Boy was it cold this morning.  Clear sky and frost everywhere.  We left camp later than planned but thought it a good idea to let the roads thaw out.  We wore long finger gloves and tights.  We stopped in Lexington for a hot cup of decaf and a few minutes under the blow dryer in the bathroom.  Dave was not shy about using the women’s rest room when he found that the men’s dryer did not work.  We actually slid on some ice on a corner coming into town.  Dave pretended we didn’t so I would not be nervous but he was pretty quick to stop at the first mini-mart we saw.  We hung out in the rest room for quite a while.  It wasn’t much warmer starting up plus we’d changed direction and had a biting headwind.

We eventually covered the 30 miles that took us to the base of the big climb, Vesuvius.  It was 4 miles from the valley floor to the Parkway on the top.  We settled into our lowest gear and kept expecting it to get really hard.  It never did.  Before we knew it, we were at the top.  It was actually pretty anti-climatic, certainly nothing compared to Teton Pass or many of the no-name roads in the Ozarks.  We really couldn’t figure out why the cyclists coming from the East would have thought much of it.  Sure they hit it early in their trips before they had months of road conditioning, but then it was also downhill for them.  Strange.

The Blue Ridge Parkway was very nice.  It has a fairly low maximum speed that is strictly enforced and virtually no traffic.  We rode 30 or so miles of beautiful rolling mountain top road with leaves changing to autumn colors.  It was still a little cold and we never got out of our tights but the scenery made out it worthwhile.

We stopped for lunch in Fork Mountain and again for a snack at a Forest Service information center.  They had a heater at the information center, which was very difficult to leave.  I read every book in the shop until finally buying an Appalachian cookbook more out of guilt for hanging out so long than any desire to cook!

We debated staying at a hotel at the junction where we left the parkway.  It was all downhill to the Cookie Lady’s house but we were not sure that she would be open.  We decided to push on and were glad we did.  She is open and wow, what a place.  Over the past 25 years thousands of people have stopped.  Many left something or sent her a gift.  She has set up the house next to hers as a hostel and it has become a bicycle tourist shrine.  We filled hours reading the walls and looking at pictures.  The Cookie Lady herself was a real sweet lady.  To think this place got started back in the 70’s just because she offered water to a passing rider.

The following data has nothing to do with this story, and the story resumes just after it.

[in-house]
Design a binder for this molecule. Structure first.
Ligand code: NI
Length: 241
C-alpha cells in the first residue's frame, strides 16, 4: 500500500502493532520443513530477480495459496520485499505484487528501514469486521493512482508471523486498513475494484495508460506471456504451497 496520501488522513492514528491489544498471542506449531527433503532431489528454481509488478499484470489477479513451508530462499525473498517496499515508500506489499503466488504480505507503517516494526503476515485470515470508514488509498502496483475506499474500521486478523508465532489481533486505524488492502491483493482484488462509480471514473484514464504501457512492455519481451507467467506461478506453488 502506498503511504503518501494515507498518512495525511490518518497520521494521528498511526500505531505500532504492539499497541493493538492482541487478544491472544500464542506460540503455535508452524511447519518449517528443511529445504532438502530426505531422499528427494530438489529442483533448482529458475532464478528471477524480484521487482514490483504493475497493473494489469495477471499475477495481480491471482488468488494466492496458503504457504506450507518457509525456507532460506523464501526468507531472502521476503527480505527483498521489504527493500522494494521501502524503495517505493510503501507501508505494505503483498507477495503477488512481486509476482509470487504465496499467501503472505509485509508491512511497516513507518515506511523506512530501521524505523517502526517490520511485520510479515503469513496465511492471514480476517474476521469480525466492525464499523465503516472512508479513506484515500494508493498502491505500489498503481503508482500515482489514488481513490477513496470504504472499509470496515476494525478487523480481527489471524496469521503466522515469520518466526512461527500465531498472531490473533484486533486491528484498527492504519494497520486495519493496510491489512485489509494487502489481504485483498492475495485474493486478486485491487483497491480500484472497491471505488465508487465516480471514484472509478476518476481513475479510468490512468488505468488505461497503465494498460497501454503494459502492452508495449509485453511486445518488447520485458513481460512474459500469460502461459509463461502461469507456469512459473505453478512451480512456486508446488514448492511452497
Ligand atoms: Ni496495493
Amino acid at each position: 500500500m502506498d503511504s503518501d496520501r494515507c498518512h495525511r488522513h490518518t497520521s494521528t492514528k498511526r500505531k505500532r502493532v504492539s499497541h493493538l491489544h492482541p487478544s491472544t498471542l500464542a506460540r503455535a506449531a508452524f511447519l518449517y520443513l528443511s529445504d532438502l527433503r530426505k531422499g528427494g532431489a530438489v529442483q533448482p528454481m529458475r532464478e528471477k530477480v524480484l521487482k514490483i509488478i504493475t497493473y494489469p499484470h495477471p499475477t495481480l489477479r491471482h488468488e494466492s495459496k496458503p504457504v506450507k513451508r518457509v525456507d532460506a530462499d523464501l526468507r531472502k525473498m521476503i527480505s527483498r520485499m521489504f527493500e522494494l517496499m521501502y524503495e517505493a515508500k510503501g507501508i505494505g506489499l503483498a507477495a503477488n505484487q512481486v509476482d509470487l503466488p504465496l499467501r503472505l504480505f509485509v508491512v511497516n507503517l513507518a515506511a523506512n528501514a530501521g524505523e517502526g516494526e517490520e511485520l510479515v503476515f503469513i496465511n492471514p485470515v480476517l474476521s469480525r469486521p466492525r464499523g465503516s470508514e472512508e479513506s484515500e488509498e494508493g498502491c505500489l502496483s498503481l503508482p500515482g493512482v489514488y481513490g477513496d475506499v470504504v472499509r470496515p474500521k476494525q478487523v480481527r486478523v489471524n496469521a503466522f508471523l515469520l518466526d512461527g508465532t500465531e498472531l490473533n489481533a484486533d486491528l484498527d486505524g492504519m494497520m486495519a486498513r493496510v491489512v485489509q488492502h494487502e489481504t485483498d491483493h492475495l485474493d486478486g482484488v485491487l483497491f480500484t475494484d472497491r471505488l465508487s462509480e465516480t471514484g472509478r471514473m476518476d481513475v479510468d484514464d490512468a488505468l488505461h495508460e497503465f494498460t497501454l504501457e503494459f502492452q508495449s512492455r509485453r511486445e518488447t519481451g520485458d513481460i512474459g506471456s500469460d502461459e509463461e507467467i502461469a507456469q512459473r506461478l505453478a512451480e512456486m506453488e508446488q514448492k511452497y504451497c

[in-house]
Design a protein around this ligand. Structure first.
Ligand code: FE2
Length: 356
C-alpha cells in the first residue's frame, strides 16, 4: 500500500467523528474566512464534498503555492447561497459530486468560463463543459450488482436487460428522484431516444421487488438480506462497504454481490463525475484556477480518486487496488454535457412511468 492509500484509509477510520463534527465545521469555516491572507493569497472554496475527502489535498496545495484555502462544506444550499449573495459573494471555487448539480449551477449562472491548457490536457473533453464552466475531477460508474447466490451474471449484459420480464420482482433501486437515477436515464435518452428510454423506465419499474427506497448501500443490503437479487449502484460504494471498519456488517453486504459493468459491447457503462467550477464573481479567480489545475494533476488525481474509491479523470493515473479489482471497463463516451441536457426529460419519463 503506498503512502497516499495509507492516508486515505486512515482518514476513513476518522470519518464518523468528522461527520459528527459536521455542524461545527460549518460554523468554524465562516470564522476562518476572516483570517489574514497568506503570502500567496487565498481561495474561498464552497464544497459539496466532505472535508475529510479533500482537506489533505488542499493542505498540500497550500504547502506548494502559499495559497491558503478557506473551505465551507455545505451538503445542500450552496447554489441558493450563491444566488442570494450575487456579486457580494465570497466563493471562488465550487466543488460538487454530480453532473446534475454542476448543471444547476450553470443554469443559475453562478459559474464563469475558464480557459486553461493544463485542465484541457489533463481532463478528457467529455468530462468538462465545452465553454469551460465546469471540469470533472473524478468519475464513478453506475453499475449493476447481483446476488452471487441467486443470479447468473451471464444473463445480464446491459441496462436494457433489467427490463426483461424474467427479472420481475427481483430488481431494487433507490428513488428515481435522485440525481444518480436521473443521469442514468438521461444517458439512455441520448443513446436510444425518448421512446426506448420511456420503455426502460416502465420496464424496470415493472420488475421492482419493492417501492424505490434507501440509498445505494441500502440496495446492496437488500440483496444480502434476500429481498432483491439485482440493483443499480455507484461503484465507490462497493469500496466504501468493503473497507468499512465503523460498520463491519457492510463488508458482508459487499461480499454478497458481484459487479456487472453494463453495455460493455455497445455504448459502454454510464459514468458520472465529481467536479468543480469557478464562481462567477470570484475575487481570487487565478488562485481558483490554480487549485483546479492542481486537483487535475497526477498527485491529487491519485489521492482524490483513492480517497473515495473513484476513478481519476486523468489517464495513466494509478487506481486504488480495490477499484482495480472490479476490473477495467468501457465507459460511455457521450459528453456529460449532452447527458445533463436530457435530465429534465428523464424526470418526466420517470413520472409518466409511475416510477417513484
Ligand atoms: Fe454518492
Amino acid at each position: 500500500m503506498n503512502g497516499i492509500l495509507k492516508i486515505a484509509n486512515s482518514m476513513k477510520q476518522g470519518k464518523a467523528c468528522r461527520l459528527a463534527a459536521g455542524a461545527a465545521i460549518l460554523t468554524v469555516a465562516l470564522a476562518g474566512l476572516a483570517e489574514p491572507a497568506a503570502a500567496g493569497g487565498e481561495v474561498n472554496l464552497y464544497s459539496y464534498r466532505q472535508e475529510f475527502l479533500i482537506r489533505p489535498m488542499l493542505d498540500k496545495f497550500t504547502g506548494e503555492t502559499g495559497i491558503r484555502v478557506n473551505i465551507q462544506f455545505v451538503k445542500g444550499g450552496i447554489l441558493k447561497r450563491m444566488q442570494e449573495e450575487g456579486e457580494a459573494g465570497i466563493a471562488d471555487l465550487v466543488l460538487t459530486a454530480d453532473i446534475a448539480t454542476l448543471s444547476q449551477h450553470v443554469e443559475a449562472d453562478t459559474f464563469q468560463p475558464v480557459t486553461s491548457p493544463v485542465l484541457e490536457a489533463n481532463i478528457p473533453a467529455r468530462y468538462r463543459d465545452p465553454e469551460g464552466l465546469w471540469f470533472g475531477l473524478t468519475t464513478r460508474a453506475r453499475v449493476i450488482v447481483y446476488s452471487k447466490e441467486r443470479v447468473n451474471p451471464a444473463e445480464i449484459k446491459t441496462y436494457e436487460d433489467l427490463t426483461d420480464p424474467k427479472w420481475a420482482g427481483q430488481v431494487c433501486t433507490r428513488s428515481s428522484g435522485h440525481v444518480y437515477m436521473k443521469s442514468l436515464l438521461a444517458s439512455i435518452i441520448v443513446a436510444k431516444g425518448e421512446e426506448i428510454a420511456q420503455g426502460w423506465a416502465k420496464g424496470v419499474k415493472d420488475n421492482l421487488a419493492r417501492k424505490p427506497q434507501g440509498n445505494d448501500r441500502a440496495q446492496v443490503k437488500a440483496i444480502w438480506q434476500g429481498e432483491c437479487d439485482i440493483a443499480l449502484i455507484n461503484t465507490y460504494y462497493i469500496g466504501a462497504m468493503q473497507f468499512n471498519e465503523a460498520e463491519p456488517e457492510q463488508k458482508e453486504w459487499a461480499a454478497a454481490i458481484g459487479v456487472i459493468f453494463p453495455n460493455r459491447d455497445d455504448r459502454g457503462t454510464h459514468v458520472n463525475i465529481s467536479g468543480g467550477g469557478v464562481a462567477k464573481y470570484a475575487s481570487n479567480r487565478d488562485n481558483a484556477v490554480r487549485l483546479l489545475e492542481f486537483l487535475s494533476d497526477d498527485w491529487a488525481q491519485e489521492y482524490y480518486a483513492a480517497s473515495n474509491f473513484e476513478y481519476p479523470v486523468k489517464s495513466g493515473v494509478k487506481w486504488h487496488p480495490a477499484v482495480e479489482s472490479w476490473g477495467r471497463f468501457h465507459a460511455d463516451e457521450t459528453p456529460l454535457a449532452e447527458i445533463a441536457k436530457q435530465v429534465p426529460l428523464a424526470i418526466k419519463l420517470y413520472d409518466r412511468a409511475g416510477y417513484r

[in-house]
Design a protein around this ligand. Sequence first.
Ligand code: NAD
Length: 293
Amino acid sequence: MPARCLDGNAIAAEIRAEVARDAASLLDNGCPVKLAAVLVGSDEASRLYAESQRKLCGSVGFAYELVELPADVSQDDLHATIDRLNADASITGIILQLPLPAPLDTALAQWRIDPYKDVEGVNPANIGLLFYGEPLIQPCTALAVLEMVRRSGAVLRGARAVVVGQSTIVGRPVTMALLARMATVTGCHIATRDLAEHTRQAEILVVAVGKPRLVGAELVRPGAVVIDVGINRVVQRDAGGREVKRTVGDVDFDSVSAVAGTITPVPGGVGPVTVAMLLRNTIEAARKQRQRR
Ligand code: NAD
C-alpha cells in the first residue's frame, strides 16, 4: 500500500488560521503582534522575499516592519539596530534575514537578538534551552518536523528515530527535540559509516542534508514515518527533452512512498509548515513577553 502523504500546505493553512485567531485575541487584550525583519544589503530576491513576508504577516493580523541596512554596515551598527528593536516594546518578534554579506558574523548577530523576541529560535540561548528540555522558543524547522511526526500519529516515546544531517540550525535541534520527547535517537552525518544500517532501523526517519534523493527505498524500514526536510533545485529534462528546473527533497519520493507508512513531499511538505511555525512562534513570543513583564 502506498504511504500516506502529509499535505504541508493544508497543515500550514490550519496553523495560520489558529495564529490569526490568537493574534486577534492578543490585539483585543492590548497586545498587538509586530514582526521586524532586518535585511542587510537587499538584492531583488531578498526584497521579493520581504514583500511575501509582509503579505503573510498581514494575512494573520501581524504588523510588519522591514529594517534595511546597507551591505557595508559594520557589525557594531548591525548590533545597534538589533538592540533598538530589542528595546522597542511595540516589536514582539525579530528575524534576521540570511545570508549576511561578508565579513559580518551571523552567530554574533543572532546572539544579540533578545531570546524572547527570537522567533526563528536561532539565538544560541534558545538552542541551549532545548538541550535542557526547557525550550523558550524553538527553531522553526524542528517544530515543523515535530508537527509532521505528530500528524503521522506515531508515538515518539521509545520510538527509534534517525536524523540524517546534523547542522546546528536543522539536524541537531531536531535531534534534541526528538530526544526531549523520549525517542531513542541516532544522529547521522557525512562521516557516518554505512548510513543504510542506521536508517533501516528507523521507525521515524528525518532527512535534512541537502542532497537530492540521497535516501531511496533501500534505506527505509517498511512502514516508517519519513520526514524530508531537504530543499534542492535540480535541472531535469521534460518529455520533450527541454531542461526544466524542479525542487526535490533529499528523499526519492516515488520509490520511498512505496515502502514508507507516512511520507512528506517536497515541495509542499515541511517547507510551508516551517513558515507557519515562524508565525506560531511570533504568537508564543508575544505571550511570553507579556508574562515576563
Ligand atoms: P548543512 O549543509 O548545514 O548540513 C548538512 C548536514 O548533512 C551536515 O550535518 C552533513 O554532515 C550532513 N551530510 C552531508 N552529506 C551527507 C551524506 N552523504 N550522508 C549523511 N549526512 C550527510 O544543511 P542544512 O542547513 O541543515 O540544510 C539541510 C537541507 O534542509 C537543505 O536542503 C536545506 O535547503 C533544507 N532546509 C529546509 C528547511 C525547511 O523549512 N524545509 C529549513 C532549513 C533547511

Hope it will be warmer tomorrow.  The forecast sounds like rain.  It seems that the remnants of Hurricane Andrew (the one the hit Florida really hard) is making its way up to Virginia.  It’s not a hurricane anymore but it has big bands of very heavy rain still.

September 24, 1992 Afton, Cookie Lady to Charlottesville (20 miles, 310 ft, $71)

Not cold this morning, just raining sideways and blowing real hard.  We hit the snooze button a couple times but it never really let up. We got up, ate breakfast and packed very slowly.  The Cookie Lady looked in on us and said that we were welcome to stay another day as the forecast looked very wet.  We chatted with her until 10AM, with an eye out the window looking for the break in the rain.  It never came.

I’m not sure why but we decided to give it a go, at least we could do the downhill part to Charlottesville.  Boy did we get wet.  It rained the entire way, with a real downpour coming as we hit town.  We had to stop at the information center on the edge of town, not for directions but because Dave could not actually see it was raining so hard.  We had to ride through some puddles so deep that our feet were under water as we pedaled.  Good thing they didn’t have big potholes under the surface.

Eventually, we made our way to a budget motel in the middle of town and checked in at noon (the clerk took pity on use and let us check in early).  Yes, we met the wet feet rule today, make that puckered feet today!  We turned the room heat up all the way, strung a cloths line across the room and hung up our wet cloths.  It’s a good thing we have everything in zip lock bags, as even our thick panniers were wet on the inside.

We walked across the street to the Italian Villa, which served breakfast all day.  We had pancakes and warm coffee, then went back to the room to take a nap in our newly created sauna.

We watched the news and it sounded like the coast really got battered.  We called Jo Pat to see if her beach house was OK and if we could still use it.  Guess the storm was not as bad there so it was ok.  It was nice to talk to her.

Tomorrow we head for Richmond, about 69 miles.  That’s the plan anyway, but who knows with the rain though.  We’ve left the Bikecentennial route again and will take the old road, highway 250 all the way to Richmond.

September 25, 1992 Charlottesville to Richmond (65 miles, 2120 ft, $77)